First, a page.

Knowing how to make nutritious, gluten-free choices is important,” says Fenster, author of Gluten-Free 101, “because not all gluten-free foods are prepared safely nor do all gluten-free foods supply the nutrients our bodies need for good health.
Denver, CO (PRWEB) March 26, 2012
Eating nutritious food is important for people on a gluten-free diet to maintain good health. Carol Fenster, author of 10 gluten-free gluten-free cookbooks, offers tips for choosing the most nutrient-dense options while still avoiding gluten, a protein in wheat that makes some people ill.
“Knowing how to make nutritious, gluten-free choices is important,” says Fenster, author of Gluten-Free 101, “because not all gluten-free foods are prepared safely nor do all gluten-free foods supply the nutrients our bodies need for good health.”
Eat the Rainbow: All vegetables are healthy in their own way―and a plant-based diet is becoming more popular among gluten-free people― but try to maximize nutrient intake with a wide variety of brightly-hued veggies such as purple cabbage and eggplant, red bell peppers and tomatoes, orange carrots and squash, and green broccoli or kale. Make sure any sauces on vegetables―such as a white sauce, or toppings like crispy breadcrumbs―are gluten-free. Brightly-hued fruits such as berries, cherries, mango, and kiwi are excellent choices but make sure any dessert sauces, puddings, or pastries in which they’re used are also gluten-free.
Opt for Whole Grains: Eating whole grains is especially challenging for gluten-free people because most choices are wheat-based. Rather than a highly-processed, rice-based cold cereal for breakfast cook a batch of whole grains ahead of time and keep them in the fridge. Topped with honey and cinnamon, pre-cooked quinoa, amaranth, buckwheat, or sorghum grains make a quick, hearty breakfast with important nutrients that other people get from wheat-based cereals.
Oatmeal is another good whole-grain choice, but must be gluten-free, say Fenster. The Whole Grains Council recommends three to five daily servings of whole grains, but a serving of cooked whole grains is only one-half cup so most Americans can easily get more than that at one meal.
Pick the Beans: “Beans are one of the healthiest foods on earth and especially good for gluten-free people,” says Fenster, “because of their fiber, B-vitamins, and protein.” They are also low in fat and sodium and very inexpensive. Conveniently available in cans, they only need to be rinsed thoroughly to remove excess sodium and then they’re ready to be used in soups, stews, casseroles, side dishes…or mashed into purees and used in baking. Fenster co-authored a booklet Pulses in the Gluten-Free Diet on how to use beans in gluten-free baking and cooking.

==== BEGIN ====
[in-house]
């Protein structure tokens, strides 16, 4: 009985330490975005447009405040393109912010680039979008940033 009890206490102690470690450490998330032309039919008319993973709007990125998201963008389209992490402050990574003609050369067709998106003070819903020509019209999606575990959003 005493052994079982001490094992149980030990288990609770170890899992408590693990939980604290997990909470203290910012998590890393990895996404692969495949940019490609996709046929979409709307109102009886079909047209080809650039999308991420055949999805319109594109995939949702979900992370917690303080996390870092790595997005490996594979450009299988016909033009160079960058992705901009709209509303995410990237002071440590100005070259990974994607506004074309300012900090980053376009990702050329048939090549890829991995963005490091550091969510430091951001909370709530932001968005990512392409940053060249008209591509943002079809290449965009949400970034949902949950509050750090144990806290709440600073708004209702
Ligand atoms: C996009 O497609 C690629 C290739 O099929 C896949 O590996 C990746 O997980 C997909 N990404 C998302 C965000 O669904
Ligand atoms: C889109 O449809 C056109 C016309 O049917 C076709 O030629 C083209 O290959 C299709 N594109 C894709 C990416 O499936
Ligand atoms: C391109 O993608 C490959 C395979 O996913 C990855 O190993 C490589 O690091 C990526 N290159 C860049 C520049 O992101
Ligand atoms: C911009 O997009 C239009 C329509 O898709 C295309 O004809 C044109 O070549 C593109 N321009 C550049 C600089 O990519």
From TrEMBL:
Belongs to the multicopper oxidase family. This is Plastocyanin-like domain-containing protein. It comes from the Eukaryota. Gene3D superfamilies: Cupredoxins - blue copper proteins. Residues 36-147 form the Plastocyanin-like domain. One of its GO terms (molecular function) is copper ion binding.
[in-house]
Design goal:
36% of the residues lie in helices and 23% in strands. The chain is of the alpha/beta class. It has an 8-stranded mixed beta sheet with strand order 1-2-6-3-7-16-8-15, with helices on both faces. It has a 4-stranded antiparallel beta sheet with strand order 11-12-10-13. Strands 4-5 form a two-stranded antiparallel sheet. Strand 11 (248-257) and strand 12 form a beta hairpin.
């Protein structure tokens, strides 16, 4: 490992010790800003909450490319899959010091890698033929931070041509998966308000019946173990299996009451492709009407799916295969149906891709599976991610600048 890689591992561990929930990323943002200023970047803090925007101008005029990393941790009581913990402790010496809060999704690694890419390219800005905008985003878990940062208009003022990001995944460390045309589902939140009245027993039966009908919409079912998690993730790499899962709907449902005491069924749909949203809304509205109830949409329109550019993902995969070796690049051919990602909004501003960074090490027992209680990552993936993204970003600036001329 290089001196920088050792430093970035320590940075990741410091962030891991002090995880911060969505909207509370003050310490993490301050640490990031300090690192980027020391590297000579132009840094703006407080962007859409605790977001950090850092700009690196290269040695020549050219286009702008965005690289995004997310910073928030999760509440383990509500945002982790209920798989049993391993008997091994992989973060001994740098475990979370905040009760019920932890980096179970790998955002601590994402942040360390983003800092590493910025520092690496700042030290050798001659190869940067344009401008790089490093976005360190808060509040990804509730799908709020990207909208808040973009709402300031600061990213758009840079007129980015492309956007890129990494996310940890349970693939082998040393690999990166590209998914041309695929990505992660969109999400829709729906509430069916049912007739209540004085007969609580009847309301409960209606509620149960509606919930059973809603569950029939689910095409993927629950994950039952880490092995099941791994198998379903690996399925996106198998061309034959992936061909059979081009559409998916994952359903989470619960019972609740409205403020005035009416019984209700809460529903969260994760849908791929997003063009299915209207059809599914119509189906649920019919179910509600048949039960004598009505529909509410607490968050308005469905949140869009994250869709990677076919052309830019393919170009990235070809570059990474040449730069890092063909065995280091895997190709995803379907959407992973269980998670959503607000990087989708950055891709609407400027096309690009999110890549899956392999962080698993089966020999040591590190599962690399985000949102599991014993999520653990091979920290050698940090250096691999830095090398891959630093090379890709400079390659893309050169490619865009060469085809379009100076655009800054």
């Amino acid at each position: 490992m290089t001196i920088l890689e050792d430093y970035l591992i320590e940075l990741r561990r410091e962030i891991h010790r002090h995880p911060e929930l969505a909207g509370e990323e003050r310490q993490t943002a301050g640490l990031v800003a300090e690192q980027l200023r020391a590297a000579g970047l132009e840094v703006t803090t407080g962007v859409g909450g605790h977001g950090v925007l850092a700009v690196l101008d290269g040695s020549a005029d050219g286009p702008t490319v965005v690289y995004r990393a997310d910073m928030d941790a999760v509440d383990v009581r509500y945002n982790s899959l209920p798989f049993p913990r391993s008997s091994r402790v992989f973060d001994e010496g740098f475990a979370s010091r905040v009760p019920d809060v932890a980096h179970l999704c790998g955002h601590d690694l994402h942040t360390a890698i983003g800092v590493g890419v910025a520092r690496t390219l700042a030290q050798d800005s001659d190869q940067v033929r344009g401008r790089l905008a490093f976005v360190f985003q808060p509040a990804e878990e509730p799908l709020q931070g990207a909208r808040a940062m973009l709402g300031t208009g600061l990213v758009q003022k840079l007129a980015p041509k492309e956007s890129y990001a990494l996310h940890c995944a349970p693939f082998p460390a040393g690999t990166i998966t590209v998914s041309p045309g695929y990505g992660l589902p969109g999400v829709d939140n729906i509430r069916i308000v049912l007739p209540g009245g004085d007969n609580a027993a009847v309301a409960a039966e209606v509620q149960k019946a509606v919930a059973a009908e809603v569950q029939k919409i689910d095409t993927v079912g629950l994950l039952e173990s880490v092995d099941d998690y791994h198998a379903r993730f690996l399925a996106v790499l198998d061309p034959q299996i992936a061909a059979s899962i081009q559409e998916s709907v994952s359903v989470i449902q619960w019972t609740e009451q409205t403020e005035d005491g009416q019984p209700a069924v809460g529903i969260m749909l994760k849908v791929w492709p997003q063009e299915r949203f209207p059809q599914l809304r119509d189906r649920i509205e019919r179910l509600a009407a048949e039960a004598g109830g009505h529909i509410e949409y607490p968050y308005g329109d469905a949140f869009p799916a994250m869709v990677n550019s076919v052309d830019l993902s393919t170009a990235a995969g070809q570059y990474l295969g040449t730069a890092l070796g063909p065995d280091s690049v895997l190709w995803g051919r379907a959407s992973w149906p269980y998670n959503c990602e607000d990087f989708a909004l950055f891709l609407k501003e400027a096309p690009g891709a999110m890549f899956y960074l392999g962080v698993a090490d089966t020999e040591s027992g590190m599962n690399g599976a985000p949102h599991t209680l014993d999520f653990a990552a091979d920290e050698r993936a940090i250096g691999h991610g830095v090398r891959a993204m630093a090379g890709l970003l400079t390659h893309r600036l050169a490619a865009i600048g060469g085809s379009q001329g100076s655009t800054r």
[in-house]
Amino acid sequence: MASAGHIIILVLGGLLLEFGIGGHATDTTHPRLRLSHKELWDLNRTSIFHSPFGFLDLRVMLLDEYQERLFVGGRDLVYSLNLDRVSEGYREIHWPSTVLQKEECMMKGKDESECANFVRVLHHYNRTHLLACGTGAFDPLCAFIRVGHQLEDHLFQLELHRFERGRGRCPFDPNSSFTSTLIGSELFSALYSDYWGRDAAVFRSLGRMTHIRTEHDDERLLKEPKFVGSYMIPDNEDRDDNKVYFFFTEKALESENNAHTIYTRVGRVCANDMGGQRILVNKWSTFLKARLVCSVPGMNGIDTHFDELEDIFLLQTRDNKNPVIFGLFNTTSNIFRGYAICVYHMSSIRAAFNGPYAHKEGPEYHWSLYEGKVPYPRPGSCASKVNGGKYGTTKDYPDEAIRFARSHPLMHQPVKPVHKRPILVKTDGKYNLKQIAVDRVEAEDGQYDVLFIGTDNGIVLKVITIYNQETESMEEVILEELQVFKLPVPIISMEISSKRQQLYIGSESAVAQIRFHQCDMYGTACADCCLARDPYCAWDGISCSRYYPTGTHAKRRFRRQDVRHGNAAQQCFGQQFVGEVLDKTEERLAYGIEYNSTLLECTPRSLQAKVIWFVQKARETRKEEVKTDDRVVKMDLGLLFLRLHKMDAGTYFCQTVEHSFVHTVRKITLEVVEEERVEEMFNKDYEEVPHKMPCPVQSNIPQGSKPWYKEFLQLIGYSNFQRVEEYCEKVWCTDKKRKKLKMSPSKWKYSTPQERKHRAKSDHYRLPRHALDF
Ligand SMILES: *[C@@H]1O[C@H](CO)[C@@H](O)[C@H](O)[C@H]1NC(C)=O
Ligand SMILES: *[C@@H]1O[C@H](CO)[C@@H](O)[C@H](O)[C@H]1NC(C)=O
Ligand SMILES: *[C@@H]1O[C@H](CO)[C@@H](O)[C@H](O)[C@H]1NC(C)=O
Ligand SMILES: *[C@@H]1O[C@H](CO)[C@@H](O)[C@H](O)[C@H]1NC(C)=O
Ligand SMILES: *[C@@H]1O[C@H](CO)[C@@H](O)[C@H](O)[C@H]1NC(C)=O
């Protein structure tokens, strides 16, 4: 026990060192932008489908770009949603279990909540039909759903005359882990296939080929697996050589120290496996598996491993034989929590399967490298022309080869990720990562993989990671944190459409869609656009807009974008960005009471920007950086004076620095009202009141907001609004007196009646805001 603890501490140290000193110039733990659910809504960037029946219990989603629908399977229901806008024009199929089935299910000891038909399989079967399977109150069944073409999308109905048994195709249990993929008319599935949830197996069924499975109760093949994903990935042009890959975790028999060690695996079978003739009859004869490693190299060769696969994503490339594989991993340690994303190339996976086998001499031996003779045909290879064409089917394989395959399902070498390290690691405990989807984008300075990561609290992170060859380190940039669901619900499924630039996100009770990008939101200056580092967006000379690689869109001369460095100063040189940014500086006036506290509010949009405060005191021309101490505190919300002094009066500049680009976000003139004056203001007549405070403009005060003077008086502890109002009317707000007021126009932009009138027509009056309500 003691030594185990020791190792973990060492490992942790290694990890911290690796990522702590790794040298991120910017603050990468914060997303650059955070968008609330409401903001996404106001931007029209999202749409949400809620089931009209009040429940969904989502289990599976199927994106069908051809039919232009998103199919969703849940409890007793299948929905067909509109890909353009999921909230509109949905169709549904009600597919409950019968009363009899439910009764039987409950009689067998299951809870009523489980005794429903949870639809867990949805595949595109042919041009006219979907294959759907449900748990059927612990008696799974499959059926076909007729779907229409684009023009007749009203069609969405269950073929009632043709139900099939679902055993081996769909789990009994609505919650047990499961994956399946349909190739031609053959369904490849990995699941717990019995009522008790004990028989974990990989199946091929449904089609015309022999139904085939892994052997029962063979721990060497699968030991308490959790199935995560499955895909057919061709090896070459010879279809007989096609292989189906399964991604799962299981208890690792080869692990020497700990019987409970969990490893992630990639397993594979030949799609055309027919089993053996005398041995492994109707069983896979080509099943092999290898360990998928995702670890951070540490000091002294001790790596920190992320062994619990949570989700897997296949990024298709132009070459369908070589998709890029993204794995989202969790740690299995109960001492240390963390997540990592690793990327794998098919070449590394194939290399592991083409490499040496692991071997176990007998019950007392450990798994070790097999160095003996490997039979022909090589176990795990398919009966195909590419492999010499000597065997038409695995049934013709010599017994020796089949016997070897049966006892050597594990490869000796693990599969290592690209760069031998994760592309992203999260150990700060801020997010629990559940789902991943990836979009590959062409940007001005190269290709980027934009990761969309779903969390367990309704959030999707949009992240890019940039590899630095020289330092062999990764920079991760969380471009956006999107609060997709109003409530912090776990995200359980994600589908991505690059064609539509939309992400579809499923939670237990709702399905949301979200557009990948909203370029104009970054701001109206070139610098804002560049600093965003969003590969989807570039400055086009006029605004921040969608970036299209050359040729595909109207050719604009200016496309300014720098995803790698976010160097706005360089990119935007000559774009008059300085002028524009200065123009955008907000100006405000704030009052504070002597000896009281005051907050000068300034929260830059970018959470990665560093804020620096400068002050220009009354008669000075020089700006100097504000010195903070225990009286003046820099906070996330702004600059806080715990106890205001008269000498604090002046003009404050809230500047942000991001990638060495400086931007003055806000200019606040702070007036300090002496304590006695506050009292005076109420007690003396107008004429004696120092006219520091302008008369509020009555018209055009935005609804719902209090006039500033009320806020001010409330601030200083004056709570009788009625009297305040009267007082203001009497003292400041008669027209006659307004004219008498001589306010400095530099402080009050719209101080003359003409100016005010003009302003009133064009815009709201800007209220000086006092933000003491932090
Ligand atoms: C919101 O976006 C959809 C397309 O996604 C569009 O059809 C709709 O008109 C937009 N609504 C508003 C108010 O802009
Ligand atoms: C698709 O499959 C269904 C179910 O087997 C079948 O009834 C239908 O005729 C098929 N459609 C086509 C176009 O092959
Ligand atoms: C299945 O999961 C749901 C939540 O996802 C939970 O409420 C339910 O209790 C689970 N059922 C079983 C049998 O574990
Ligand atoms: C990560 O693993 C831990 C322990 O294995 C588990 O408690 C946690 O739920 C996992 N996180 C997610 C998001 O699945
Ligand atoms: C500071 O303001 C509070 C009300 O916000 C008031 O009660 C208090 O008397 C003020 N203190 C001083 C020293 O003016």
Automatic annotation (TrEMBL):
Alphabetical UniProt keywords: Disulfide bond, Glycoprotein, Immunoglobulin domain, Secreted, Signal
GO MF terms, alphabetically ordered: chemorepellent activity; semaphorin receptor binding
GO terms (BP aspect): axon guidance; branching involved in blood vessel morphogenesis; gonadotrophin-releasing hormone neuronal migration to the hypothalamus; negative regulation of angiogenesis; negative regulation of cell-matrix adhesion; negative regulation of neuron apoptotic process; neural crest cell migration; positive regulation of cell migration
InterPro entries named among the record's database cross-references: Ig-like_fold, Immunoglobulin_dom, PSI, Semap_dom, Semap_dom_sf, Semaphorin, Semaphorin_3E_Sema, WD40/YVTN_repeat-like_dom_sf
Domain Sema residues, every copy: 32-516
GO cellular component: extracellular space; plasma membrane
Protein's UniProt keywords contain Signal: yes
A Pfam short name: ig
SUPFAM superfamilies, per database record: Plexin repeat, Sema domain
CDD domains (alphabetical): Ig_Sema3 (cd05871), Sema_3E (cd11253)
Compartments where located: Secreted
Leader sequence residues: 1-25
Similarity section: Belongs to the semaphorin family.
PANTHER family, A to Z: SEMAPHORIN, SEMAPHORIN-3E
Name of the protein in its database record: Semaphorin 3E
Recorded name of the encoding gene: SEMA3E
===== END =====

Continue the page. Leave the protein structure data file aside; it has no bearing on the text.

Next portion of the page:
Make Healthy Snacks Accessible: Keep serving-size bags of nuts, dried fruits, gluten-free whole-grain crackers and healthy chips (such as those made from beans) on hand to avoid the temptations of less-nutritious snacks such as potato chips, cookies, ice cream, and candy. For example, keep healthy snacks in the car, or in a purse or briefcase, or on a special shelf in the pantry to avoid last-minute desperation that can lead to unhealthy choices.
Be the Baker: Bakery items like breads are greatly missed when people embark on a gluten-free diet. So, it’s tempting to over-indulge on gluten-free versions. However, cautions Fenster, many store-bought bakery items contain highly-processed flours such as white rice flour and have high sugar, fat, and sodium contents, but are low in protein and fiber. Instead, make homemade versions with gluten-free bread recipes that feature healthier flours such as amaranth, buckwheat, quinoa, sorghum, and teff. Home baking gives greater control over the fat, sugar, and sodium content in food. Be sure to read the labels of all ingredients to make sure they are gluten-free and measure correctly for best results, using Fenster’s video, How to Measure Flour, as a guide.
Beware of Sauces, Thickeners, and Coatings: Even the healthiest choices can be off-limits for gluten-free people if they aren’t made with gluten-free ingredients, says Fenster. For example, broccoli soup may be thickened with wheat flour. Roasted cauliflower may be coated with bread crumbs. Salmon may be marinated in wheat-based soy sauce. Pork tenderloin may be dredged in wheat flour before browning. Sauces are especially suspicious because, unless they are reduced (boiled down to a concentrated, thicker version) they must be thickened with something and that thickener is usually wheat flour, so always verify how sauces are thickened.
“A gluten-free diet can be extremely healthy,” says Fenster. “It all depends on the choices we make, so always opt for the most nutritionally-dense choice for maximum health.”